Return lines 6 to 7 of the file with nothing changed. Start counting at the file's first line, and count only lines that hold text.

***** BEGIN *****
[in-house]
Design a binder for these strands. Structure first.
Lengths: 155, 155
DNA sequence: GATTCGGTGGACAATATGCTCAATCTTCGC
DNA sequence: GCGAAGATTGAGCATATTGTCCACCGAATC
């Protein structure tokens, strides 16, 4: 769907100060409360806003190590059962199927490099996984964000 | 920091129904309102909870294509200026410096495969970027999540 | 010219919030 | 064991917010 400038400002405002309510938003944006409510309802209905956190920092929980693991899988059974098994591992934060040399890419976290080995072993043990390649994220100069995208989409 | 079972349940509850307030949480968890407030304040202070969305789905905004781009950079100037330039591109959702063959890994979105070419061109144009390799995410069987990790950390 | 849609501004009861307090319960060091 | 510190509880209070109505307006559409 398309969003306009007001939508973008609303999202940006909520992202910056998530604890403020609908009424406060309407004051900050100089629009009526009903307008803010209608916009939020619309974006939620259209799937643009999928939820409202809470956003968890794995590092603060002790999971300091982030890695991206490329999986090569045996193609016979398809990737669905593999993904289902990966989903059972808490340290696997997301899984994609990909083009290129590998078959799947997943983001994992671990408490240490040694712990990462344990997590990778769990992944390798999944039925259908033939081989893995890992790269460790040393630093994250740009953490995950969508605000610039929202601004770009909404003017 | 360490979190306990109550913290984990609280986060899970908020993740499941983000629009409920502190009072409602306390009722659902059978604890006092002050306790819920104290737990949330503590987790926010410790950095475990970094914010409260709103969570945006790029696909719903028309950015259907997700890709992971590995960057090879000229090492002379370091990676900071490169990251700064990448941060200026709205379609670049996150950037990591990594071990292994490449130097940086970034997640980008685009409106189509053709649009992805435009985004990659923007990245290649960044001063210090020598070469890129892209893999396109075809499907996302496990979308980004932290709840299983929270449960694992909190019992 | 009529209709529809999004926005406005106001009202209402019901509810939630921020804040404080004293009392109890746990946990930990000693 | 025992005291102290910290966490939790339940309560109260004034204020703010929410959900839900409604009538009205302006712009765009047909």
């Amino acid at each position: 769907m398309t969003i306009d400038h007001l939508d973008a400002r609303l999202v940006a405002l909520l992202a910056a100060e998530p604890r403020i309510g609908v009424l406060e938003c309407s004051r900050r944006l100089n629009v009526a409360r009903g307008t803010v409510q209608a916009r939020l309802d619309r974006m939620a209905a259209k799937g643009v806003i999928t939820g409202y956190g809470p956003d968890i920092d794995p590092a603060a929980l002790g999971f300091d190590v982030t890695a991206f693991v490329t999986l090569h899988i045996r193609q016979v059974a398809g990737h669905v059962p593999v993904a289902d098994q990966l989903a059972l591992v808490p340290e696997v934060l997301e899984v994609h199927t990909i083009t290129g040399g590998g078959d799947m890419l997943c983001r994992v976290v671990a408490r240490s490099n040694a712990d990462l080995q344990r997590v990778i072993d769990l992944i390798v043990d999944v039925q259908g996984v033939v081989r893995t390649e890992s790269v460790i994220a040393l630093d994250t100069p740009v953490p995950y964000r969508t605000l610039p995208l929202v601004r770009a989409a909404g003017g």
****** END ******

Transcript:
């Protein structure tokens, strides 16, 4: 769907100060409360806003190590059962199927490099996984964000 | 920091129904309102909870294509200026410096495969970027999540 | 010219919030 | 064991917010 400038400002405002309510938003944006409510309802209905956190920092929980693991899988059974098994591992934060040399890419976290080995072993043990390649994220100069995208989409 | 079972349940509850307030949480968890407030304040202070969305789905905004781009950079100037330039591109959702063959890994979105070419061109144009390799995410069987990790950390 | 849609501004009861307090319960060091 | 510190509880209070109505307006559409 398309969003306009007001939508973008609303999202940006909520992202910056998530604890403020609908009424406060309407004051900050100089629009009526009903307008803010209608916009939020619309974006939620259209799937643009999928939820409202809470956003968890794995590092603060002790999971300091982030890695991206490329999986090569045996193609016979398809990737669905593999993904289902990966989903059972808490340290696997997301899984994609990909083009290129590998078959799947997943983001994992671990408490240490040694712990990462344990997590990778769990992944390798999944039925259908033939081989893995890992790269460790040393630093994250740009953490995950969508605000610039929202601004770009909404003017 | 360490979190306990109550913290984990609280986060899970908020993740499941983000629009409920502190009072409602306390009722659902059978604890006092002050306790819920104290737990949330503590987790926010410790950095475990970094914010409260709103969570945006790029696909719903028309950015259907997700890709992971590995960057090879000229090492002379370091990676900071490169990251700064990448941060200026709205379609670049996150950037990591990594071990292994490449130097940086970034997640980008685009409106189509053709649009992805435009985004990659923007990245290649960044001063210090020598070469890129892209893999396109075809499907996302496990979308980004932290709840299983929270449960694992909190019992 | 009529209709529809999004926005406005106001009202209402019901509810939630921020804040404080004293009392109890746990946990930990000693 | 025992005291102290910290966490939790339940309560109260004034204020703010929410959900839900409604009538009205302006712009765009047909």
């Amino acid at each position: 769907m398309t969003i306009d400038h007001l939508d973008a400002r609303l999202v940006a405002l909520l992202a910056a100060e998530p604890r403020i309510g609908v009424l406060e938003c309407s004051r900050r944006l100089n629009v009526a409360r009903g307008t803010v409510q209608a916009r939020l309802d619309r974006m939620a209905a259209k799937g643009v806003i999928t939820g409202y956190g809470p956003d968890i920092d794995p590092a603060a929980l002790g999971f300091d190590v982030t890695a991206f693991v490329t999986l090569h899988i045996r193609q016979v059974a398809g990737h669905v059962p593999v993904a289902d098994q990966l989903a059972l591992v808490p340290e696997v934060l997301e899984v994609h199927t990909i083009t290129g040399g590998g078959d799947m890419l997943c983001r994992v976290v671990a408490r240490s490099n040694a712990d990462l080995q344990r997590v990778i072993d769990l992944i390798v043990d999944v039925q259908g996984v033939v081989r893995t390649e890992s790269v460790i994220a040393l630093d994250t100069p740009v953490p995950y964000r969508t605000l610039p995208l929202v601004r770009a989409a909404g003017g």